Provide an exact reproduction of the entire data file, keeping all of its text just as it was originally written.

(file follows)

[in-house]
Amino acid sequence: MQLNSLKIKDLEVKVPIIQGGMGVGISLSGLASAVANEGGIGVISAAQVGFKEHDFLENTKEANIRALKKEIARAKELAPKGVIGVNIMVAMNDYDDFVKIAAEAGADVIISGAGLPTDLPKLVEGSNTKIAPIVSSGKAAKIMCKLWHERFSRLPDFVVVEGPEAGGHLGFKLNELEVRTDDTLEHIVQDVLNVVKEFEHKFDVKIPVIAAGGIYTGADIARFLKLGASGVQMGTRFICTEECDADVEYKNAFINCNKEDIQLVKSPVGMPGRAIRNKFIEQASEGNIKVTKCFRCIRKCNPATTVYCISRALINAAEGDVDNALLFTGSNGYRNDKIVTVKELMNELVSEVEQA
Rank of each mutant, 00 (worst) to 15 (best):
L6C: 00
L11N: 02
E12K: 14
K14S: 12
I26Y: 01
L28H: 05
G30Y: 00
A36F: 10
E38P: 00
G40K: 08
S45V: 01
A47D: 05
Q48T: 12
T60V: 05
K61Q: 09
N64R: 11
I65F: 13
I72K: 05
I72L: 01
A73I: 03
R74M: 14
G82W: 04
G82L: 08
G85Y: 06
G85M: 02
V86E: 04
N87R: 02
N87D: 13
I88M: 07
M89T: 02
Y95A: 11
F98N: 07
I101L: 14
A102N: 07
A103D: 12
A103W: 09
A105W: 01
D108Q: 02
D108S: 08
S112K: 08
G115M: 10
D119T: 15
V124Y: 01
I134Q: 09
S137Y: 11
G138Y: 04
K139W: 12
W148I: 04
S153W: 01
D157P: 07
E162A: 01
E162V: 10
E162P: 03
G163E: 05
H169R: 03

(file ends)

[in-house]
Amino acid sequence: MQLNSLKIKDLEVKVPIIQGGMGVGISLSGLASAVANEGGIGVISAAQVGFKEHDFLENTKEANIRALKKEIARAKELAPKGVIGVNIMVAMNDYDDFVKIAAEAGADVIISGAGLPTDLPKLVEGSNTKIAPIVSSGKAAKIMCKLWHERFSRLPDFVVVEGPEAGGHLGFKLNELEVRTDDTLEHIVQDVLNVVKEFEHKFDVKIPVIAAGGIYTGADIARFLKLGASGVQMGTRFICTEECDADVEYKNAFINCNKEDIQLVKSPVGMPGRAIRNKFIEQASEGNIKVTKCFRCIRKCNPATTVYCISRALINAAEGDVDNALLFTGSNGYRNDKIVTVKELMNELVSEVEQA
Rank of each mutant, 00 (worst) to 15 (best):
L6C: 00
L11N: 02
E12K: 14
K14S: 12
I26Y: 01
L28H: 05
G30Y: 00
A36F: 10
E38P: 00
G40K: 08
S45V: 01
A47D: 05
Q48T: 12
T60V: 05
K61Q: 09
N64R: 11
I65F: 13
I72K: 05
I72L: 01
A73I: 03
R74M: 14
G82W: 04
G82L: 08
G85Y: 06
G85M: 02
V86E: 04
N87R: 02
N87D: 13
I88M: 07
M89T: 02
Y95A: 11
F98N: 07
I101L: 14
A102N: 07
A103D: 12
A103W: 09
A105W: 01
D108Q: 02
D108S: 08
S112K: 08
G115M: 10
D119T: 15
V124Y: 01
I134Q: 09
S137Y: 11
G138Y: 04
K139W: 12
W148I: 04
S153W: 01
D157P: 07
E162A: 01
E162V: 10
E162P: 03
G163E: 05
H169R: 03